Monday, October 30, 2006
Creating holding clearances
So there you are, trucking along in your trusty bug smasher (or trusty sim), tracking inbound on the 360° radial, when without warning your instructor sadistically says, “Devise a holding clearance from your present position that will require a parallel entry for a left-hand holding pattern.”
Many instrument students do very well figuring out holding entries in an intuitive fashion. However this approach tends to break down when you are on the dispensing end of a holding clearance rather than the receiving end. Although at first glance it may seem a bit daunting, once you have your secret decoding ring, it’s remarkably easy to do.
The secret decoding ring system works when the airplane is traveling to a VOR (or GPS waypoint). Let’s take the situation shown above, traveling towards the VOR. Remember when you were studying for your instrument rating and your instructor drew out the classic diagram for determining holding entries?
The trick in creating holding clearances is to use this same diagram and overlay it on the DG or HSI. Let’s say you are tracking inbound on the 360° radial as shown in the first figure, and you want to create a holding clearance that will force a teardrop entry for a standard (meaning right-hand) holding pattern. To do this, take the pattern formed by the red lines in the above figure and superimpose it on the DG or HSI, with the inbound leg being the radial on which you are tracking inbound.
Because it is a right-hand holding pattern, tilt the horizontal line up about 20° or so on the right-hand side of the DG or HSI. The radial on which you are tracking inbound forms the vertical line. Taken together, these two lines delineate the three regions for hold entries. The small pie-shaped section is for teardrop entries – any radial selected in this region will call for a teardrop entry. (Hint – remember “Tiny Tears”) The larger pie-shaped segment defines the parallel entry region. Any radial in this region will call for a parallel entry. Everything below the tilted line calls for a direct entry. So in this case, if you want to create a holding clearance that will force a teardrop entry for a right-hand pattern, any radial between about 190°and 240° will work very nicely. So the holding clearance could be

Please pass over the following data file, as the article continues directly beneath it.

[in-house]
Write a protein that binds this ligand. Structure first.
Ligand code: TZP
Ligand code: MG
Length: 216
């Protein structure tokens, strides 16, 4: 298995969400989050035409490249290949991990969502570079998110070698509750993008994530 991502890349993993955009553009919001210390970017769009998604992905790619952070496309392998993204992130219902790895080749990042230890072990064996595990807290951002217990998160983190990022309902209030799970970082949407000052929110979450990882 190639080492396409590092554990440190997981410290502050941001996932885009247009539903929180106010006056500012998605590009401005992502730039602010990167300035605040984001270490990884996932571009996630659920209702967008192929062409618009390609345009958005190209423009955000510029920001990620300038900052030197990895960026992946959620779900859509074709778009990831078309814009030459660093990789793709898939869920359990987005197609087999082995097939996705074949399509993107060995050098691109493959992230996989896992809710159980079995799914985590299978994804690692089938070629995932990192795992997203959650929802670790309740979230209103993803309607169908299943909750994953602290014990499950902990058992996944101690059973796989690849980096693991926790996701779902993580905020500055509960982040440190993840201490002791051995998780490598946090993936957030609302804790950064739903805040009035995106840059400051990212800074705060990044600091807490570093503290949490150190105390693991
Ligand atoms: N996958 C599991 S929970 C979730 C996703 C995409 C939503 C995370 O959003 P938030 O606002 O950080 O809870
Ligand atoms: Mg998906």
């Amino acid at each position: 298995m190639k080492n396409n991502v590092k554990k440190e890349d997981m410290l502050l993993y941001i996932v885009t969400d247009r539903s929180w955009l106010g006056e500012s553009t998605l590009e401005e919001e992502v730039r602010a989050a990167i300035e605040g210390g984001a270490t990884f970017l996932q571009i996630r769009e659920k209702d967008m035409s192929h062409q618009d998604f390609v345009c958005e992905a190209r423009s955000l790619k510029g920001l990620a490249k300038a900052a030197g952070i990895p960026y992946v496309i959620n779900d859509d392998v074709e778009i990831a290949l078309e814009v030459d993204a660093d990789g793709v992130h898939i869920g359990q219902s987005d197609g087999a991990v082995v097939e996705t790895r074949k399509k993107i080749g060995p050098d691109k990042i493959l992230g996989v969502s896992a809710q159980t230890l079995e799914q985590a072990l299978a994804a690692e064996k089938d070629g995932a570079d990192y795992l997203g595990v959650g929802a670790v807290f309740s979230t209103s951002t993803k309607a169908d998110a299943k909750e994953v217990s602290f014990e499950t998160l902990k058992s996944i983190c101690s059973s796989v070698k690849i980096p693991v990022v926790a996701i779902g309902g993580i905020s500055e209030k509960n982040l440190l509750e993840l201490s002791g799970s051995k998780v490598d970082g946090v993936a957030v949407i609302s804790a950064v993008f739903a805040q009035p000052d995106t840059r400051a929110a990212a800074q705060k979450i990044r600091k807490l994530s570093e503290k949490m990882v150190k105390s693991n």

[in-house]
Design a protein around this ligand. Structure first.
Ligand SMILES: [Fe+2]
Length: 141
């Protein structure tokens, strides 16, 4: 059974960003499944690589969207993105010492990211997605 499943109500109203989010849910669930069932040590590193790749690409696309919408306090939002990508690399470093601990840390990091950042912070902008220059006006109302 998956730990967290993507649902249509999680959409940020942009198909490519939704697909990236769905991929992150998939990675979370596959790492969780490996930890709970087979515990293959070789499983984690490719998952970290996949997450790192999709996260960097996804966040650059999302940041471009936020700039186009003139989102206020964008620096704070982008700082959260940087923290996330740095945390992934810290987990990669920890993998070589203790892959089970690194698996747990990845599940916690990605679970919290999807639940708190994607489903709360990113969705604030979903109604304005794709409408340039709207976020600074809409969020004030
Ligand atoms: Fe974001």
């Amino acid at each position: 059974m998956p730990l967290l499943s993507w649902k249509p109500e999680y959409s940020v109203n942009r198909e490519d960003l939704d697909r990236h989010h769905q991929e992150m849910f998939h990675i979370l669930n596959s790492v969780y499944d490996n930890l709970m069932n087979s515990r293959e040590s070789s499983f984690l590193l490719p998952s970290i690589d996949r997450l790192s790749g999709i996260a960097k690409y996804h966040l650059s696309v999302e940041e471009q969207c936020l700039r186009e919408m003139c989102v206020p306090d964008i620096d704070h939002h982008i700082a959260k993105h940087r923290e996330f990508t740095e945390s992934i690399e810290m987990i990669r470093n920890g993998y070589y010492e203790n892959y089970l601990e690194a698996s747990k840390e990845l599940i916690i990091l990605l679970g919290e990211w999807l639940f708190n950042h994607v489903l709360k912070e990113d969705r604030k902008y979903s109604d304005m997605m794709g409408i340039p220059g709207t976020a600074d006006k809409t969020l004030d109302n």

Hold southwest of VOR on the 210° radial right-hand turns EFC
If you want to create a holding clearance for a left-hand pattern, just tilt the left-side of the horizontal line up rather than the right side. Let’s say you want to create a holding clearance that will call for a parallel entry for a left-hand holding pattern. Again, superimpose the two lines on the DG or HSI, but this time since a left-hand pattern has been specified, tilt the left side of the line up about 20° or so, as shown below.
The 240° radial lies right in the middle of the parallel entry region. So a holding clearance could be:
Hold southwest of VOR on the 240° radial left-hand turns EFC
Creating hold clearances for your student is really a very simple matter once you know this little trick. Try out a few for yourself.
Direct entry for either left-hand or right-hand hold could be:
Hold northeast of VOR on the 030° radial EFC
Teardrop entry for left-hand hold could be:
Hold southeast of VOR on 150° radial left-hand turns EFC
Parallel entry for left-hand hold could be:
Hold southwest of VOR on 210° radial left-hand turns EFC
Parallel entry for right-hand hold could be:
Hold east of VOR on 090° radial right-hand turns EFC
And there you have it – the secret decoding ring for creating holding clearances for your student. And yes, it works equally well for teaching holding entries to your student. The only caveat is that you must be tracking towards the waypoint in order for this method to work.